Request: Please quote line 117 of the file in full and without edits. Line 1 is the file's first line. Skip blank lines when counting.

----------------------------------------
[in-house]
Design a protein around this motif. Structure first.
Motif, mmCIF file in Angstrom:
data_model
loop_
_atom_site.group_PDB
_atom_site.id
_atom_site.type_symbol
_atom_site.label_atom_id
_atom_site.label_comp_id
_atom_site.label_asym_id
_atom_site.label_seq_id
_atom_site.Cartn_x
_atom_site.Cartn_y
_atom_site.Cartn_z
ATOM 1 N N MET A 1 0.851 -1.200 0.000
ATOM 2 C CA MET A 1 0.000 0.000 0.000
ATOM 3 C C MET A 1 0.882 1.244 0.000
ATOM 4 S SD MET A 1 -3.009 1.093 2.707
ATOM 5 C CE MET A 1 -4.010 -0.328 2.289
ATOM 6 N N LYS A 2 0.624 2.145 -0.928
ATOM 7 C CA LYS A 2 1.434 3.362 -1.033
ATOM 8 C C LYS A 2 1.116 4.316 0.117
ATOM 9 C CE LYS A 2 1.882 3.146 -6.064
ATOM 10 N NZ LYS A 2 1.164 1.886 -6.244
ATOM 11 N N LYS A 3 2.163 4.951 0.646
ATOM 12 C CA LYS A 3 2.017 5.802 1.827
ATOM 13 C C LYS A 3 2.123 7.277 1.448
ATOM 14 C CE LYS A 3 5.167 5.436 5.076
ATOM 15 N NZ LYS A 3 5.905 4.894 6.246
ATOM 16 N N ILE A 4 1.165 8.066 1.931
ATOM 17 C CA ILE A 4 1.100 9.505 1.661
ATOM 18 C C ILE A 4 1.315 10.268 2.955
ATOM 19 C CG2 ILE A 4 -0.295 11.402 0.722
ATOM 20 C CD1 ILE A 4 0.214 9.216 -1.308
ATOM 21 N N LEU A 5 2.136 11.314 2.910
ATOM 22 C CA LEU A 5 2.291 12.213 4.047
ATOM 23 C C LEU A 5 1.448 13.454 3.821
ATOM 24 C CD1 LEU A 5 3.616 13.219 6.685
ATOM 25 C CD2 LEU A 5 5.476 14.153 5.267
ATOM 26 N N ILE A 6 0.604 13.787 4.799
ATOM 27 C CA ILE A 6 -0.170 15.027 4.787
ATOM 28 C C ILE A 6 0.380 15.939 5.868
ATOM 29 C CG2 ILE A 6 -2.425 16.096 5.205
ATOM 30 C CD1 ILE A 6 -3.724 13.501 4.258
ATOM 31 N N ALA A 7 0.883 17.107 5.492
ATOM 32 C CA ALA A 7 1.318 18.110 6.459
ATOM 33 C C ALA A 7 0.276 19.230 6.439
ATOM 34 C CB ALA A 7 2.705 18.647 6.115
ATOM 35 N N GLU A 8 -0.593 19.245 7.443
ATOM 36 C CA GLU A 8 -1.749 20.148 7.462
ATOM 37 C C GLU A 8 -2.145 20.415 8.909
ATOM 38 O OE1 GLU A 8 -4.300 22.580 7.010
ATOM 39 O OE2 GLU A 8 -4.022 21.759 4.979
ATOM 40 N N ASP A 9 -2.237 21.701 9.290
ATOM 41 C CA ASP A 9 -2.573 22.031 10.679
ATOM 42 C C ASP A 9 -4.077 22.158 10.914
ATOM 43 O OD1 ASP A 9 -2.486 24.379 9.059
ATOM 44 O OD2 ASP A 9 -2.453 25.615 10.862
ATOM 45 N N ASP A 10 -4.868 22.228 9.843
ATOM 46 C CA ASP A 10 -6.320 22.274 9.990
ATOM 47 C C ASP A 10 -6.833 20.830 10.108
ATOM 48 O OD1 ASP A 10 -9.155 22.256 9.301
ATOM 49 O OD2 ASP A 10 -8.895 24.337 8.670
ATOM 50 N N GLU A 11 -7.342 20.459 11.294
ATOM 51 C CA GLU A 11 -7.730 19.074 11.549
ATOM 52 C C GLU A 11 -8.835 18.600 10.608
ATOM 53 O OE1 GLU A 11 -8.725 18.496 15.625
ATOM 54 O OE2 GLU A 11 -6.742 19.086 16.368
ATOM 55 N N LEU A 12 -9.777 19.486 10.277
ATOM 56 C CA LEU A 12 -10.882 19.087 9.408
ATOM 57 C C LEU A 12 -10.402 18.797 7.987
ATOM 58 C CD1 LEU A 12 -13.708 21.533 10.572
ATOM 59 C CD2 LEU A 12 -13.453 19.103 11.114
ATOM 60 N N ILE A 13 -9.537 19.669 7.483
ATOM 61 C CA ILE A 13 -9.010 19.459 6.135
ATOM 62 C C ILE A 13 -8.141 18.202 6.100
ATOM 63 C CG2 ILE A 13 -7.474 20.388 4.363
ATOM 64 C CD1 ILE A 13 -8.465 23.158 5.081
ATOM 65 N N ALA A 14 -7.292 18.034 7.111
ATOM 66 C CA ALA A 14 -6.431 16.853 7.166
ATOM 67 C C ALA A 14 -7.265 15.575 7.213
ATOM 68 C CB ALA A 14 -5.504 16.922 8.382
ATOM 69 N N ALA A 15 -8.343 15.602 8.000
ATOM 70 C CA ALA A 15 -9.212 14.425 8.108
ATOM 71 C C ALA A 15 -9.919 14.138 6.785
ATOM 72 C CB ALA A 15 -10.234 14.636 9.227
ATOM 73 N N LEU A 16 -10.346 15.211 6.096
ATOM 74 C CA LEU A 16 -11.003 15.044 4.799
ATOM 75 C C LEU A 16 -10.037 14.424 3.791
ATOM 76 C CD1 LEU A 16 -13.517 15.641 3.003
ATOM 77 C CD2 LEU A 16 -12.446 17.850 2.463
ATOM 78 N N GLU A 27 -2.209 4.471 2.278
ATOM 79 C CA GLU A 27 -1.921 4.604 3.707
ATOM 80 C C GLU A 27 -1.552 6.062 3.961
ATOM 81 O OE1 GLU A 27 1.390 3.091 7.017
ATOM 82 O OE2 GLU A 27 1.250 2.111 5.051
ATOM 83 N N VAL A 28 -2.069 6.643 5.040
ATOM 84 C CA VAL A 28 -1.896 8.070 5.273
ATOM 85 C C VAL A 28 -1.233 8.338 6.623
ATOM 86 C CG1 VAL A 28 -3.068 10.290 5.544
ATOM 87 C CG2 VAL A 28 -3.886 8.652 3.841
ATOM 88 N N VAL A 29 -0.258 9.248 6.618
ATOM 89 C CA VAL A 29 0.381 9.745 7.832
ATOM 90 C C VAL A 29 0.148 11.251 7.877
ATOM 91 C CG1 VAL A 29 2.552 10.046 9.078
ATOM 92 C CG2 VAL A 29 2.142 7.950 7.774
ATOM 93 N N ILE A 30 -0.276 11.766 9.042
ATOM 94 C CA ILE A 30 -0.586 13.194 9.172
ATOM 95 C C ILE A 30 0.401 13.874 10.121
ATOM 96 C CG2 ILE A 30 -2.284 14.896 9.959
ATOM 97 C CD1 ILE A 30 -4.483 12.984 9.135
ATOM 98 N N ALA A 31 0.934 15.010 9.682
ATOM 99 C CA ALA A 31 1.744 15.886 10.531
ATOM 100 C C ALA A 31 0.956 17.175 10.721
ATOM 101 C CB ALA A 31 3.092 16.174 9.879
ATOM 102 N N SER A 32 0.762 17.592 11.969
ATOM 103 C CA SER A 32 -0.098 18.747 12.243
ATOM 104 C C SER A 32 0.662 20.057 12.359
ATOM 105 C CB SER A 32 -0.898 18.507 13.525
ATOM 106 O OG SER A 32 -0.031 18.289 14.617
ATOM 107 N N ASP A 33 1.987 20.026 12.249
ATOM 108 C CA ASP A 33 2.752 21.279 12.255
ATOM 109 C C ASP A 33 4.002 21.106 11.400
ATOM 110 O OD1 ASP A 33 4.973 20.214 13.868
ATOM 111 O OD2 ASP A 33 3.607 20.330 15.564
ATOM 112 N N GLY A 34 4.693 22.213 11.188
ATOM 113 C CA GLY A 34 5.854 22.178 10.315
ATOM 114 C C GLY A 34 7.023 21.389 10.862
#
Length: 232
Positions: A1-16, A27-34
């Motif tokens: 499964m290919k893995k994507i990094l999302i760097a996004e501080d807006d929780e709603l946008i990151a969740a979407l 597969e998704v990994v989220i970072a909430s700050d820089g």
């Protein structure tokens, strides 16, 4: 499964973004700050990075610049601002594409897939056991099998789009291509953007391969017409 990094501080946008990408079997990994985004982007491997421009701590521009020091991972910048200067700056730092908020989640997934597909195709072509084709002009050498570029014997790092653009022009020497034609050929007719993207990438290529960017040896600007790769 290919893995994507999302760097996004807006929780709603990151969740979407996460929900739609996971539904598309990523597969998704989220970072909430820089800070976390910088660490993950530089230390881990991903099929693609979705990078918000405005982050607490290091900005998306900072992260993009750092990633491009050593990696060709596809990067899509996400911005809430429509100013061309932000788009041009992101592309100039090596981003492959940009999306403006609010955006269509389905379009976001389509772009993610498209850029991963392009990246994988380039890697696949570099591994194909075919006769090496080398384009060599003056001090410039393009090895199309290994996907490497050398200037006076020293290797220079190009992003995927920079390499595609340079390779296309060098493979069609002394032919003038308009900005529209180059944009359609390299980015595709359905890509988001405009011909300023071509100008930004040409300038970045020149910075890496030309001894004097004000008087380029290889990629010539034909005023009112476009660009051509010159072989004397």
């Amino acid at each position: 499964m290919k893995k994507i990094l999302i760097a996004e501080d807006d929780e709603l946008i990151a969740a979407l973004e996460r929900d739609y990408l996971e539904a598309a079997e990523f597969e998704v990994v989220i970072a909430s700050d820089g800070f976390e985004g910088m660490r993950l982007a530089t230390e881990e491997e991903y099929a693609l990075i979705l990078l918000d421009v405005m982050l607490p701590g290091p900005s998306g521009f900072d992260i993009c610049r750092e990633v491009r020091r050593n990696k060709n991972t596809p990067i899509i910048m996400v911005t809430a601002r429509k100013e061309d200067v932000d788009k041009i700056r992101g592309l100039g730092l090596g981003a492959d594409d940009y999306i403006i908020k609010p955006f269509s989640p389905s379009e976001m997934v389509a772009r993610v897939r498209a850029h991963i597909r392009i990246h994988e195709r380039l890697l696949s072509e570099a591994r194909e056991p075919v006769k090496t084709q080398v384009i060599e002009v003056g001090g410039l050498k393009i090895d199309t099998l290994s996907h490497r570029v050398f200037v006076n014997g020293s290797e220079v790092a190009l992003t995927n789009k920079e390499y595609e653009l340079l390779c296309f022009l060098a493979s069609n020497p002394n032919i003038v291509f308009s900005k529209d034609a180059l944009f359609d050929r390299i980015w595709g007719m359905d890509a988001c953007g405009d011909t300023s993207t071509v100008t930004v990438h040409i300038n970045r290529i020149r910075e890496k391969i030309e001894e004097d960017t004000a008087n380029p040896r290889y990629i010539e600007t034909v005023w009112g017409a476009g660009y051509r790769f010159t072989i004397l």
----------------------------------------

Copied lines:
ATOM 102 N N SER A 32 0.762 17.592 11.969